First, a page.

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Research can begin as early as the completion of your freshman year. The majority of students under the direction of a faculty member are rising juniors and seniors.


HOW DO I START?

  1. Visit the faculty website and read about their research. Pick 2-3 professors who have an interest similar to your own.

  2. Send them an email and ask to set up a meeting to discuss their research and options for working with them.

  3. Choose a research professor who has indicated they are interested and inform them of your decision.

  4. Discuss your research options with the professor.


WHAT ARE THE BENEFITS?

This may fill a space on your resume, but the benefits of undergraduate research are much more far-reaching. Research at UTC will reap dividends not obvious to you now.

  1. Stipends

  2. Academic credit

  3. Professional development

  4. Enjoyment

  5. Better informed career decisions

  6. Publications in refereed journals

  7. Travel to professional meetings and presentation of research results

  8. Development of critical thinking skills and independent thought

  9. Exposure to laboratory techniques, chemical literature and development of communication skills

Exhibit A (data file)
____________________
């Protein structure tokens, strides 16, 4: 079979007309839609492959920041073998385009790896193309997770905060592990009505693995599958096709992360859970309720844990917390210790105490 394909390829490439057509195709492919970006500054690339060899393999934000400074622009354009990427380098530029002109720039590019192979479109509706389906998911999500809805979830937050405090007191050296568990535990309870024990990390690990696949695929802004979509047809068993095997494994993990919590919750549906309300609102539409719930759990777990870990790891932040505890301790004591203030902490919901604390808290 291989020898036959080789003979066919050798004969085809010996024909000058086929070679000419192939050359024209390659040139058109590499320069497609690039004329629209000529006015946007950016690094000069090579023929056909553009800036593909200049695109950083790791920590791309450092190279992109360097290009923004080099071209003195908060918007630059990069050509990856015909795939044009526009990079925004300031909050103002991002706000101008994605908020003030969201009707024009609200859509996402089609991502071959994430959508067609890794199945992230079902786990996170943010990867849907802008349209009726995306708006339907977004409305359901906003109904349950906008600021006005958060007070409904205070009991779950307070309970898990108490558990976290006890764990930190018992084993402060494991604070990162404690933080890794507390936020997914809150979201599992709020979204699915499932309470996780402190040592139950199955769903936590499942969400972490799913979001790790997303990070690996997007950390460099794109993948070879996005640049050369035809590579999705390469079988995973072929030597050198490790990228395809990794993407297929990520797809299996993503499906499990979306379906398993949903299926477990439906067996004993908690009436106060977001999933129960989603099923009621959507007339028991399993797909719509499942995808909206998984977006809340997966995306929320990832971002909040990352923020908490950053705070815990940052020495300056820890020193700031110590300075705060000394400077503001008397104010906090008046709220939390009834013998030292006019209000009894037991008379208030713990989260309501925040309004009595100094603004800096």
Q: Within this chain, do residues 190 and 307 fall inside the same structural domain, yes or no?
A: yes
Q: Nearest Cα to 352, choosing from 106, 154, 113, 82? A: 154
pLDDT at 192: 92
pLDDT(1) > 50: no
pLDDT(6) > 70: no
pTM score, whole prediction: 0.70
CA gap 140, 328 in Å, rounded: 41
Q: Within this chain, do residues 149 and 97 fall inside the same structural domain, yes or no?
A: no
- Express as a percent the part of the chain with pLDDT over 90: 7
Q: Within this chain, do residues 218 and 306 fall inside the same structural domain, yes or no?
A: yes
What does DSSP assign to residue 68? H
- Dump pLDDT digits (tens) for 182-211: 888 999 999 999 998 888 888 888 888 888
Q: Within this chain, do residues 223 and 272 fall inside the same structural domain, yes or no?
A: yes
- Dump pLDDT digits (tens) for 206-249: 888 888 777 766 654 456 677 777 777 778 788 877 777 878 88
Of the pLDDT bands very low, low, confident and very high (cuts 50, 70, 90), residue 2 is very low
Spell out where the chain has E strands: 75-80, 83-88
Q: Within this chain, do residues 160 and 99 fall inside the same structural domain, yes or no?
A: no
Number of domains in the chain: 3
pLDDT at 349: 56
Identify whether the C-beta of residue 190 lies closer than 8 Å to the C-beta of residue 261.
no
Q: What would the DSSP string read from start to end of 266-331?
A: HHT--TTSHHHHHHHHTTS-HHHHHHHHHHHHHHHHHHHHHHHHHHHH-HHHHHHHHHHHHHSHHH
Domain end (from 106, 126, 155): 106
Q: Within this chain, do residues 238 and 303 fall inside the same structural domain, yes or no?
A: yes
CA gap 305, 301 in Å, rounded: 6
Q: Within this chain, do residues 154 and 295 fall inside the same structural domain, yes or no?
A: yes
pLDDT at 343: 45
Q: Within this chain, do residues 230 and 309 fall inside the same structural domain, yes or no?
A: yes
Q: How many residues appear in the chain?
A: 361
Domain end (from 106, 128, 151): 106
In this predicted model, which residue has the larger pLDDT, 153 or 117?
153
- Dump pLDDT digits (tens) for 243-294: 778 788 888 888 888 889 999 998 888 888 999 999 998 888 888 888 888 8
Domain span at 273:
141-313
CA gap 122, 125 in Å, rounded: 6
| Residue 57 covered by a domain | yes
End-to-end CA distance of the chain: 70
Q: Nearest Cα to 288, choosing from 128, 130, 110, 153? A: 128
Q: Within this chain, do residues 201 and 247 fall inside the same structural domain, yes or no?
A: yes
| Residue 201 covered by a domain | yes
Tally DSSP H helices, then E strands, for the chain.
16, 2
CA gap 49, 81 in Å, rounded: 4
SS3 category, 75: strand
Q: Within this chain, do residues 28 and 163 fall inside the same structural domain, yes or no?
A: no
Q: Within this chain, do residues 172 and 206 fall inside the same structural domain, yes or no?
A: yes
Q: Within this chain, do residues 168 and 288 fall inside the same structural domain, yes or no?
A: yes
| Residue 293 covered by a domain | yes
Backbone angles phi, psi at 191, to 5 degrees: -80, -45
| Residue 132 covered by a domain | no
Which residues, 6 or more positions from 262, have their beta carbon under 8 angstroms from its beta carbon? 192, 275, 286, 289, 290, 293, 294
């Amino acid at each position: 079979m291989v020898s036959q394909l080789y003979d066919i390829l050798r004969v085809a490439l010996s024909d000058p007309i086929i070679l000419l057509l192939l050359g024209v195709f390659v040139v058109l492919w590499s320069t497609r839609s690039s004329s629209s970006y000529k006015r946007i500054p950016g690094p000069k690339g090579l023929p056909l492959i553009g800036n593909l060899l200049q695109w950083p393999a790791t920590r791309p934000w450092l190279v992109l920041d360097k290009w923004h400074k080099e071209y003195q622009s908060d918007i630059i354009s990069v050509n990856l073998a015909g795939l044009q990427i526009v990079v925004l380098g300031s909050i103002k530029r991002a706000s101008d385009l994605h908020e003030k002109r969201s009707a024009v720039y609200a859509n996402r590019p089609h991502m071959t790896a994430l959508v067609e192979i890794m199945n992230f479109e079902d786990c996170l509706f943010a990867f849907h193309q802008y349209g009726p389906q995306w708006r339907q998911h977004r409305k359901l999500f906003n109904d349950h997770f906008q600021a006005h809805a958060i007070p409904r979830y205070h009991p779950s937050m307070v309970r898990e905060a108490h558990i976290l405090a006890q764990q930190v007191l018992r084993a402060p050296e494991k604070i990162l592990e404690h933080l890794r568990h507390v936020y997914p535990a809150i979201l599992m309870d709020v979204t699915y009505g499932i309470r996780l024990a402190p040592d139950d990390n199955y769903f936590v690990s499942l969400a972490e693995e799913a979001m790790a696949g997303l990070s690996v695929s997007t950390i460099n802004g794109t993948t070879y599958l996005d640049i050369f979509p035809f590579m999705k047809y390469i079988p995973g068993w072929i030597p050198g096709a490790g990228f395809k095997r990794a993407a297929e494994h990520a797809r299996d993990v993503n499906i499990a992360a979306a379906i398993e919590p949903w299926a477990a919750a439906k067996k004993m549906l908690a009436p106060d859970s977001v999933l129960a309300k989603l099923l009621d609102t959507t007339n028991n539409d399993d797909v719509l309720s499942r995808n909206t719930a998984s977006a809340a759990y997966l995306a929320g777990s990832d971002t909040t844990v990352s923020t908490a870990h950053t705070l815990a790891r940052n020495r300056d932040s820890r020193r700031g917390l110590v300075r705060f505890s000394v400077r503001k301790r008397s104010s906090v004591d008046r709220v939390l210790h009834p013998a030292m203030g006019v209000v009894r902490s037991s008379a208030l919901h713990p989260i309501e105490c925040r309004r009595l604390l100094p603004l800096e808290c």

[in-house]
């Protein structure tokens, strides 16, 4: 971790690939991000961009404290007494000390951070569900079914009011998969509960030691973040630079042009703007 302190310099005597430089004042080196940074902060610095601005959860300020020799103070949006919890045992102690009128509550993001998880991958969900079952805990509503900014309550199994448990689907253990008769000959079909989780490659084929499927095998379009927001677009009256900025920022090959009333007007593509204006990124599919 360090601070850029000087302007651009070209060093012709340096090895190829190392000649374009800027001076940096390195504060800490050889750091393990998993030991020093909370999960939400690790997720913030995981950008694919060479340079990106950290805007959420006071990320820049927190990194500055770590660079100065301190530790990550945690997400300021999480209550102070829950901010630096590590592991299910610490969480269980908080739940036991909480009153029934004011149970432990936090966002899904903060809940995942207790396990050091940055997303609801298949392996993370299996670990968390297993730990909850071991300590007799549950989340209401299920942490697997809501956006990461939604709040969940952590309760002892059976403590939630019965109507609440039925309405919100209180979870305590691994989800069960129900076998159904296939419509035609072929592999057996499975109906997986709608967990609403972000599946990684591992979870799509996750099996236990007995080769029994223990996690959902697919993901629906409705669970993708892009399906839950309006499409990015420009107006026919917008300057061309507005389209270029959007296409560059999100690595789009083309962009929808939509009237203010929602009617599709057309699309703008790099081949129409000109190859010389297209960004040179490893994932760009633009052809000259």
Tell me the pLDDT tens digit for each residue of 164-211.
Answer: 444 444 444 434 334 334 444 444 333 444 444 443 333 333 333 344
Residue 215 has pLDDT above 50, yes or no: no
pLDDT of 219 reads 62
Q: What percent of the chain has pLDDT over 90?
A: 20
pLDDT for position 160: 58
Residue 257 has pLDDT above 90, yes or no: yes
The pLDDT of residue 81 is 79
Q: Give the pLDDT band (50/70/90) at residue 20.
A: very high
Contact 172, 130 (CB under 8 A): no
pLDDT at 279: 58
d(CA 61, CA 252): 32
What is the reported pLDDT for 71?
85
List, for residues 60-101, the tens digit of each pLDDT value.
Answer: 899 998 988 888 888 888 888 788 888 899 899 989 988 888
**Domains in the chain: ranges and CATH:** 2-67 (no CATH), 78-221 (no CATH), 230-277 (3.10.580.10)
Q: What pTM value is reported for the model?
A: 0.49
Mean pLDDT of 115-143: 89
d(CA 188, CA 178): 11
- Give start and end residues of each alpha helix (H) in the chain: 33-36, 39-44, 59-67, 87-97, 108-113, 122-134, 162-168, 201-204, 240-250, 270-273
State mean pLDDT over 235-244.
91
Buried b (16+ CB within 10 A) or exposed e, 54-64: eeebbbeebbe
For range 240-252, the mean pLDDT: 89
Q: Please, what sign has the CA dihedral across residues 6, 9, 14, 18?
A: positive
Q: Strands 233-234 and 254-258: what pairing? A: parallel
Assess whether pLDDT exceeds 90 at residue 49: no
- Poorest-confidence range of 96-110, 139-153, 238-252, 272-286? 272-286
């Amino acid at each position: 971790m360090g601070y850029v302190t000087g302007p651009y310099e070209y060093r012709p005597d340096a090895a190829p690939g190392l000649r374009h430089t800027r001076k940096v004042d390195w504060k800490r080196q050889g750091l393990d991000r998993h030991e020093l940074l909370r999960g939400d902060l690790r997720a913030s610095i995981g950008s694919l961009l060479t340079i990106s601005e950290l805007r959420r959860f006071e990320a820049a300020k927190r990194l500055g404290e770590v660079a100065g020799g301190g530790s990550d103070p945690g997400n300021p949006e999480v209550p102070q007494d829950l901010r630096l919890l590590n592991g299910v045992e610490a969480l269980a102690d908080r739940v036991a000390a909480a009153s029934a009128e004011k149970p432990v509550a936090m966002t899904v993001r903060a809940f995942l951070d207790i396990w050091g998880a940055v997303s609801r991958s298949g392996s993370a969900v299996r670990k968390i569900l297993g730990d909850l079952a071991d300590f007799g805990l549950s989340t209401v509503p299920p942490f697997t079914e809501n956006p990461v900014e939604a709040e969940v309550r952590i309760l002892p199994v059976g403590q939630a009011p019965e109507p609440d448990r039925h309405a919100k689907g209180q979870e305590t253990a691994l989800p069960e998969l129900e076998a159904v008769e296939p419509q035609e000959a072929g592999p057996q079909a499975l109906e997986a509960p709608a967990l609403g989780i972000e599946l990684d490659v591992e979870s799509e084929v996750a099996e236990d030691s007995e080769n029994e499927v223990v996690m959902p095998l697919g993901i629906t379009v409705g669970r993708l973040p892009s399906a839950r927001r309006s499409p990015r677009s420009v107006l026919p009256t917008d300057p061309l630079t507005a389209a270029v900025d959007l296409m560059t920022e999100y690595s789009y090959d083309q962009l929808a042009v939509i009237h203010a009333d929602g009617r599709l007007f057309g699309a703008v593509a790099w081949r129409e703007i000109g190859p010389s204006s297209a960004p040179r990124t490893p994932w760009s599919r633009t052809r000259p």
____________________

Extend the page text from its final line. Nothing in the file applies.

WHAT ARE MY OPTIONS?

  1. Summer Undergraduate Research Program (URP): Since 1986, the Department of Chemistry has conducted summer research funded by the Grote Chemistry endowment. This outstanding program pairs students with faculty working in partnership for 10 weeks. Students receive a substantial stipend, participate in weekly seminars, and are awarded a travel stipend to present their results at a professional meeting. URP students take Chem 4997 or 4995 the following semester. The application process for the following summer URP begins in October.

  2. Take Research for University Credit:

    • CHEM 4997: this research class is usually taken in the fall or spring semester. For two credits hours of work, students are expected to commit 6 hours of laboratory work per week. At the end of the term, students present their results in written form and/or orally at a special departmental seminar.

    • CHEM 4995: similar to 4997, this class leads to a departmental honors thesis which is defended before the student’s faculty committee. When approved, Departmental Honors is awarded to the student. 


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